Expert: More Pressure Expected

INN Interview: Obama is on a roll, and may use his new stature as the killer of Bin-Laden to lean on Israel for more concessions, says expert.

David Lev, | updated: 09:21

Bin Laden - Dead
Bin Laden - Dead
Arutz Sheva graphic

The elimination of arch-terrorist Osama Bin Laden is of course a blessed event for the entire world – but the removal of Bin Laden from the ranks of Al Qaeda terrorists has in no way reduced the threat from that group, or any other terror group – quite the opposite, says Prof. Eitan Gilboa of Bar-Ilan University's Begin-Sadat Center for Strategic Studies.

“The elimination of Bin Laden by the U.S. has increased the motivation of Al Qaeda to conduct a high-profile attack, which is what they specialize in,” says Gilboa, “preferably in the U.S. or Europe.”

"Of course, that assumes that Al Qaeda is still capable of carrying out such attacks. “We have to remember that even though Bin Laden managed to survive for nearly a decade after 9/11, the U.S. has been looking for him and many other Al Qaeda terrorists since at least 1993 – after the failed first attack on the World Trade Center. During that time, and especially since 9/11, Al Qaeda's ability to conduct high-profile attacks has been significantly compromised, because the Americans have been picking off the organization's leadership little by little.”

Gilboa compares the Al Qaeda threats of revenge to those of Hizbullah, which for three years has vowed revenge on Israel for the death of top terrorist Imad Mughniyah. “Israel never admitted that it had taken out Mughniyah, who was responsible for many terror attacks. Nevertheless they blame Israel and have vowed revenge – but so far, thank G-d, they have not undertaken the major attack they promise.

"Of course they would like to carry out such an attack, but apparently they are unable to – and it remains to be seen if this is the situation with Al Qaeda. Bin Laden's organization is much bigger than Hizbullah and still has several strong branches – notably in North Africa."

An Al Qaeda affiliated group was behind the attack at a coffee shop in Marrakesh, Morocco last week, as well as in Sudan, Yemen, and other countries.

“In addition, the defenses in Egypt and other countries have lightened, in the wake of the civil uprisings there," Gilboa added. "That means it will be easier for Al Qaeda to infiltrate those places and cause mayhem."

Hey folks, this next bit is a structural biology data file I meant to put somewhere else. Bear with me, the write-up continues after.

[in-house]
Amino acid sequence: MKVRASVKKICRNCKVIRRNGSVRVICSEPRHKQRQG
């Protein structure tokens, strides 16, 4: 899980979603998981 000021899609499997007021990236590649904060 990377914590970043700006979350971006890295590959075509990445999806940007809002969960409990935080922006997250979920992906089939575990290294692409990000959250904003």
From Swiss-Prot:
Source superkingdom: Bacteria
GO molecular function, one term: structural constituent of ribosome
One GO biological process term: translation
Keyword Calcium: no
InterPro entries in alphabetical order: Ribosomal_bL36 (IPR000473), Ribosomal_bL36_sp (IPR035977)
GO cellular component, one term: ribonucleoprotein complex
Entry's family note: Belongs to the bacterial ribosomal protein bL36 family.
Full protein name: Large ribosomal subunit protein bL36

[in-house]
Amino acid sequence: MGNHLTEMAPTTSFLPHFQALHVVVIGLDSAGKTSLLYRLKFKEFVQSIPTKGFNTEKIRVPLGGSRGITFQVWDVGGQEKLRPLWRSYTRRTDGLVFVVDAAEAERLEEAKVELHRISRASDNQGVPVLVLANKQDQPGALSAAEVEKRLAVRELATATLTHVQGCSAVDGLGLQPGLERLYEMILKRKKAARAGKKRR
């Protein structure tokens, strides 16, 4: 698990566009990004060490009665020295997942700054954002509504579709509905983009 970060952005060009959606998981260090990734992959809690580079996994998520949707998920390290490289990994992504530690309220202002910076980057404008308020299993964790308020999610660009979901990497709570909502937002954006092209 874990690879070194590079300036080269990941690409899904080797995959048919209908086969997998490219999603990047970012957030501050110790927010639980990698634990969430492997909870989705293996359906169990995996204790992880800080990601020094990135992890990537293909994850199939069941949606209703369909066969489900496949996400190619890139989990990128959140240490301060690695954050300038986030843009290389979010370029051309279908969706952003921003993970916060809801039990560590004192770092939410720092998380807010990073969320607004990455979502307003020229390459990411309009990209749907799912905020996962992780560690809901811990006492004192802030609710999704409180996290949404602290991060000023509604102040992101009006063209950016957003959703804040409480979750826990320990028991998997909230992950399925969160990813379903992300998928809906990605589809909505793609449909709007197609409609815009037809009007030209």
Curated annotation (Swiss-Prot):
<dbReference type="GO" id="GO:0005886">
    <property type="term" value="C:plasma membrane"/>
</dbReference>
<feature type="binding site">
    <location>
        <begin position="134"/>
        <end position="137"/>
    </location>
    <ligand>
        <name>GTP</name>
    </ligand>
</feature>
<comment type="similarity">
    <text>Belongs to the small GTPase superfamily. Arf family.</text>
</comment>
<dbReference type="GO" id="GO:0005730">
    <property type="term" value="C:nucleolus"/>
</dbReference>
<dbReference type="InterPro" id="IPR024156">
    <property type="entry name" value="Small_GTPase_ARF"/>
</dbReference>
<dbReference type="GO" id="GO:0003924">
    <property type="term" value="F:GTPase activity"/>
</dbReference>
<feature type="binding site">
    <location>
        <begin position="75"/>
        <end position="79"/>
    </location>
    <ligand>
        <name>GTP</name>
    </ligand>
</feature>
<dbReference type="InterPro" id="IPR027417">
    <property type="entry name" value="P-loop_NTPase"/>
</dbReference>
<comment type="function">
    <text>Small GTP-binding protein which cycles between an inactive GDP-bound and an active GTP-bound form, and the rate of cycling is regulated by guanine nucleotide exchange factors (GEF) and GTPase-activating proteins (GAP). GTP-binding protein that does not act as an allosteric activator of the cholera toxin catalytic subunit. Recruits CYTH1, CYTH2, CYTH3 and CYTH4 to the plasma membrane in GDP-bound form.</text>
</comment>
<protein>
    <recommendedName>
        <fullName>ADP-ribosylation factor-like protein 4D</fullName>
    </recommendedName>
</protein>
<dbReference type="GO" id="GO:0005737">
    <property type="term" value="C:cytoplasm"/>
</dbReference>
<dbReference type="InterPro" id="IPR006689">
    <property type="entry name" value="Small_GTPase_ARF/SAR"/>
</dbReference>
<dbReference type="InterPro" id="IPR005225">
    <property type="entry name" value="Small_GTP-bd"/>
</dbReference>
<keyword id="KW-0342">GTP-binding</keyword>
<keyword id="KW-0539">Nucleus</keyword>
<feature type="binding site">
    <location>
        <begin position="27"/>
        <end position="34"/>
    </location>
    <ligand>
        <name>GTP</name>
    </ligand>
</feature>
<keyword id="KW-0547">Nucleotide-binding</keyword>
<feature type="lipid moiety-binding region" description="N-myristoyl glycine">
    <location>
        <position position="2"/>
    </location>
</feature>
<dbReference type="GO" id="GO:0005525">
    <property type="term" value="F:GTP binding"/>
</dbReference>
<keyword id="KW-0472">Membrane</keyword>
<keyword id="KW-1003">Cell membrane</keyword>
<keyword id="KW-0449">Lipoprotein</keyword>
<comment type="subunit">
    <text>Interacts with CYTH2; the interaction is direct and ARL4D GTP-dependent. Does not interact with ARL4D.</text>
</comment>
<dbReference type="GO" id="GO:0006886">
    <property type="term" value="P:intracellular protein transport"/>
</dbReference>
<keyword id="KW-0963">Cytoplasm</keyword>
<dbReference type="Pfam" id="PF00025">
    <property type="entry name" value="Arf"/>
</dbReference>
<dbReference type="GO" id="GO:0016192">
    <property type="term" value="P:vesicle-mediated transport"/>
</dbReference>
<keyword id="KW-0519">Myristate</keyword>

Obviously, the terrorist group would prefer to carry out an attack in the West, says Gilboa, but if conducting a terror attack in an "friendly" Arab country is their only option, they – or a sympathetic group that also wishes to make a name for itself – will take that opportunity, he adds.

While Israel and Jewish targets around the world are also on Al Qaeda's short list of terrorist targets,  a perhaps more immediate concern is the pressure Israel is likely to face to come up with a new peace plan.

“U.S. President Barack Obama is now on a roll, and he will want to keep the momentum going,” says Gilboa. “The U.S. is just as concerned as Israel about the threats by the PA to take their case for statehood to the UN in September, and Washington is looking to Netanyahu to come up with a substantive plan to convince the PA to back down from that plan. There's no question Obama will be tougher on Israel.”

However, in line with the old saying by President Shimon Peres – that “the Palestinians never lose an opportunity to lose an opportunity” - Gilboa says that the American pressure may be somewhat mitigated by the planned reunification of Fatah and Hamas.

“This caught the U.S. by surprise as well, and they are not happy about it,” he says. Although, as far as Washington is concerned, Al-Qaeda and Hamas are in two completely different leagues when it comes to terror, “It would be very embarrassing for President Obama to have to work with an organization that condemns his greatest achievement, as Hamas did when it slammed Obama for 'murdering the martyr Bin Laden.'"

"On the other hand, the deal between Fatah and Hamas may fall apart,” he says. “There are too many unknown factors – but if things do work out between the two groups, and Hamas gets a major representation in the PA-controlled areas of Judea and Samaria, the U.S. will be less likely to put strong pressure on Israel.”